ABSTRACT: The finite element code ABAQUS is used to model a typical granite specimen subjected to either uniaxial or biaxial compression, with two pre-fabricated flaws with the geometry 2a-30-30 in which only one flaw is pressurized. The maximum and minimum principal stresses as well as the maximum shear stresses are analyzed around the flaw tips and along the bridge between the inner flaw tips of the pressurized and non-pressurized flaws. When the specimen is loaded uniaxially, the maximum principal stresses in the bridge between inner flaw tips are tensile near the pressurized flaw and decrease significantly as one moves towards the non-pressurized flaw. For the biaxial loading, mainly compressive principal stresses are observed for low hydraulic pressures; tensile stresses start to develop for larger hydraulic pressures, but only near the pressurized flaw. For both uniaxial and biaxial cases, tensile and shear cracks may occur near the pressurized flaw but are not theoretically possible near the non-pressurized flaw.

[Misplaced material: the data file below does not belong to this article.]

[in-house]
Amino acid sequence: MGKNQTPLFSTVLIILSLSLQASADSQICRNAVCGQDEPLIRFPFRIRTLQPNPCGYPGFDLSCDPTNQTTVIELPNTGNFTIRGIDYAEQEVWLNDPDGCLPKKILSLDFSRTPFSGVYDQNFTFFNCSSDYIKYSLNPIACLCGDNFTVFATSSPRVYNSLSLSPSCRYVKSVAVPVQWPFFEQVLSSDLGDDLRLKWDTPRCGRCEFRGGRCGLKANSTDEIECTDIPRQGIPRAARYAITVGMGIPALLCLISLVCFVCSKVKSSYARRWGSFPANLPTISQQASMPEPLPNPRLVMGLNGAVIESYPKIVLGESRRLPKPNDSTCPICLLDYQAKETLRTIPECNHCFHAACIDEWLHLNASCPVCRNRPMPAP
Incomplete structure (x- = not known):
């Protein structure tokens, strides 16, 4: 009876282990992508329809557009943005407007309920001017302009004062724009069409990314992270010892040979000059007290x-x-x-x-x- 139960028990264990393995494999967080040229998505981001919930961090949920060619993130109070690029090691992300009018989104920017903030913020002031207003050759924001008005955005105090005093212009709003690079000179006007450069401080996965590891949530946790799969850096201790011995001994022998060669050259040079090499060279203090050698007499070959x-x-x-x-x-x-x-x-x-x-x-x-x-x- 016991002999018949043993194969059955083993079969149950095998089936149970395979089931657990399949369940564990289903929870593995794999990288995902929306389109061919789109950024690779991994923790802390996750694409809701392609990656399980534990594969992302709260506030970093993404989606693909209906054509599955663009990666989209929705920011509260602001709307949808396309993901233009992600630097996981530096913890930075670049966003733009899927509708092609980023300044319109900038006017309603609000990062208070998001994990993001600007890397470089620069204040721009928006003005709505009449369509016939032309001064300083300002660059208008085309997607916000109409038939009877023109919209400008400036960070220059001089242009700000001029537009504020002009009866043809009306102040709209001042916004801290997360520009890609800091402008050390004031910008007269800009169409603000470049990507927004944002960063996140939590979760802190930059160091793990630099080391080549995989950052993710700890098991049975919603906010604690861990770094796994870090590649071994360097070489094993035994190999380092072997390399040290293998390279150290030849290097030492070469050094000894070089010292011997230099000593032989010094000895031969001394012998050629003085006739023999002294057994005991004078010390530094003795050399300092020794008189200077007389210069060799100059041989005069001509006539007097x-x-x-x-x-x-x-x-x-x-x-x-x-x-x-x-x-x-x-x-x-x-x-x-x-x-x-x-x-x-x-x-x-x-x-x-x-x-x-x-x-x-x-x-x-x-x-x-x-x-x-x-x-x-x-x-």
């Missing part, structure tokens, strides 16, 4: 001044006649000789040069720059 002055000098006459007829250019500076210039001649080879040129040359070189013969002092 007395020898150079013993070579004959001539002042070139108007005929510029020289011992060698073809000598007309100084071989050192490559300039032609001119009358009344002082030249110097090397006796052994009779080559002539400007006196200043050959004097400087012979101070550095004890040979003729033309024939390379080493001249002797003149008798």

Hydraulic fracturing is becoming a common process used in the exploitation of oil and gas entrapped within shale formations as well as in the mining of heat in Enhanced Geothermal Systems (Gidley, 1989) and in Artificial Groundwater Recharge (Singhal & Gupta, 2010). While there are a number of studies on the initiation and propagation of hydraulic fractures under uniaxial loading (Miller, 2008; Chitrala et al., 2013; Gonçalves da Silva, 2016), limited experimental and numerical studies focus on the effect of biaxial loads on the stress field around pressurized and non-pressurized fractures. As extensively discussed by previous studies, one of the major concerns involved with the hydraulic fracturing applications is the path at which new crack propagate. Bobet (1997) used molded gypsum specimens with either open or closed prefabricated flaws under uniaxial and biaxial loading conditions to observe the crack initiation, propagation and ultimate coalescence of the specimens. Bobet (1997) described several significant observations, the most important of which are shown in table 1, as they are relevant to the present study.